The Advent of Slacktivism

As most users of social media are aware of, the news can happen in the blink of an eye, becoming viral and gaining a large amount of traction in a short amount of time. This comes from the increase of information flow through social media channels, meaning users of social media become better at detecting the larger issues going on worldwide. However, this is not always a good effect.

Because users are more socially aware, it tends to give them the impetus to do something about it. Because of the constraints of life though, be it school, work, or anything else limiting them, they cannot fully participate, so they instead make light contribution, more typically known as “slacktivism”. This often leads to misguided information or intent, such as the recent protest at Standing Rock. Users were led to believe by a viral post that by checking in on Facebook at Standing Rock, they would confuse the police, who were using the GPS check-ins to track protesters. Unfortunately, this was wasn’t true, but it didn’t stop thousands of people from doing it in a somewhat aimless way. Even worse yet was a news story that was written with a clickbait headline stating that the Great Barrier Reef was dead ended up spreading misinformation at an alarming rate. Thankfully enough for both of these incidents, the misinformation was cleared up quickly.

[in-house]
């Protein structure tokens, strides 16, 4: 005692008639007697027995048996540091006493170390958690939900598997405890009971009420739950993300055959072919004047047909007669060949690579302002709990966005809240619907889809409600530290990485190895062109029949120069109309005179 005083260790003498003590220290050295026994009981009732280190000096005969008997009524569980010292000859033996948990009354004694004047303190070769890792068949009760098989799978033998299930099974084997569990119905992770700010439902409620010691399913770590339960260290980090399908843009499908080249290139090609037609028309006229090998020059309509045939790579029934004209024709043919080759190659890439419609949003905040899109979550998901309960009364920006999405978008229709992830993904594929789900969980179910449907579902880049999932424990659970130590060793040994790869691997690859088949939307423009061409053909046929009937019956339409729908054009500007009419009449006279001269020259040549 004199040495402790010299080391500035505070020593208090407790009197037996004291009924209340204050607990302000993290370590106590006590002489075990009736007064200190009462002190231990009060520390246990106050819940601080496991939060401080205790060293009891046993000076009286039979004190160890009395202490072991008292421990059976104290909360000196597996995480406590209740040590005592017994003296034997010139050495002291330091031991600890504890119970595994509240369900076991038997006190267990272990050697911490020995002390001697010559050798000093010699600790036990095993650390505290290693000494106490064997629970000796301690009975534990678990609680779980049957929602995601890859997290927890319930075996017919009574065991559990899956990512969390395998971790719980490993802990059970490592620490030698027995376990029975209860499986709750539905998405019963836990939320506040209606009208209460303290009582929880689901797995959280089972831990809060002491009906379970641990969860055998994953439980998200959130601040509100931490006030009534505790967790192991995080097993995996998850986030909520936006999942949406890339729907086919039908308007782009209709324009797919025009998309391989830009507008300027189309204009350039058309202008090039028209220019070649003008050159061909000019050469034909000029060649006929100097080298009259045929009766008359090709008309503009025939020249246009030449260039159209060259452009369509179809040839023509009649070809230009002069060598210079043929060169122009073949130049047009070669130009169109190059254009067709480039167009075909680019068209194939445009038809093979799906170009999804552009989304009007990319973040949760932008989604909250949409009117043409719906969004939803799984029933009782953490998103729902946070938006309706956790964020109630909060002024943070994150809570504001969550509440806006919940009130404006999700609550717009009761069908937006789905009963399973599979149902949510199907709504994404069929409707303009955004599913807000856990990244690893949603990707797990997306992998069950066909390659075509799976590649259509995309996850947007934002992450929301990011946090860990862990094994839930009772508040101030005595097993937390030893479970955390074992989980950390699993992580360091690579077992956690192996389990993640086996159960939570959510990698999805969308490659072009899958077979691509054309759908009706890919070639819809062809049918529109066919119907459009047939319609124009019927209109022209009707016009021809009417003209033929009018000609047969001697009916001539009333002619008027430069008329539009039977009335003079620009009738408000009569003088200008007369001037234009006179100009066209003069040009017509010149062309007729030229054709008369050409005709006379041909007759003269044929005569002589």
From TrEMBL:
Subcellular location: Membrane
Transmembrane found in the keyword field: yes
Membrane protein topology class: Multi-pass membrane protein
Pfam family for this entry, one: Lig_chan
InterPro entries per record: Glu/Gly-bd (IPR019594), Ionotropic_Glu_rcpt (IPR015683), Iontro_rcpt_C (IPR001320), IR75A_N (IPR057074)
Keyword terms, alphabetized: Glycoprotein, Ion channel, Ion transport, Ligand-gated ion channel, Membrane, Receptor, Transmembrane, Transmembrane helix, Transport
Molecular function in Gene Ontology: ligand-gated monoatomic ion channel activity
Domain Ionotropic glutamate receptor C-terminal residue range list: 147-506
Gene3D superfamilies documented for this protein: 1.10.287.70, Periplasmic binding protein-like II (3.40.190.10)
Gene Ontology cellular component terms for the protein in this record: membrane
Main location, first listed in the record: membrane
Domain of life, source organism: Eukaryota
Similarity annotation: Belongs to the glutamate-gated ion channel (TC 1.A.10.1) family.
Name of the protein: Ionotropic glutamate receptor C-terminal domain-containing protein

This “slacktivism” has positive effects, however. It brings attention to the true issues at hand that the original posts are built on. The check-ins at Standing Rock brought a great deal of attention to the ongoing battle between residents of the land and police forces worldwide, and the correcting articles about the Great Barrier Reef informed people about the coral bleaching effects going on currently. Slacktivism may not always hit its intended target, but it still does good.slacktivism-1024x1024

Published by

UNT Eagle Strategies

Class members of the social media class in the Mayborn School of Journalism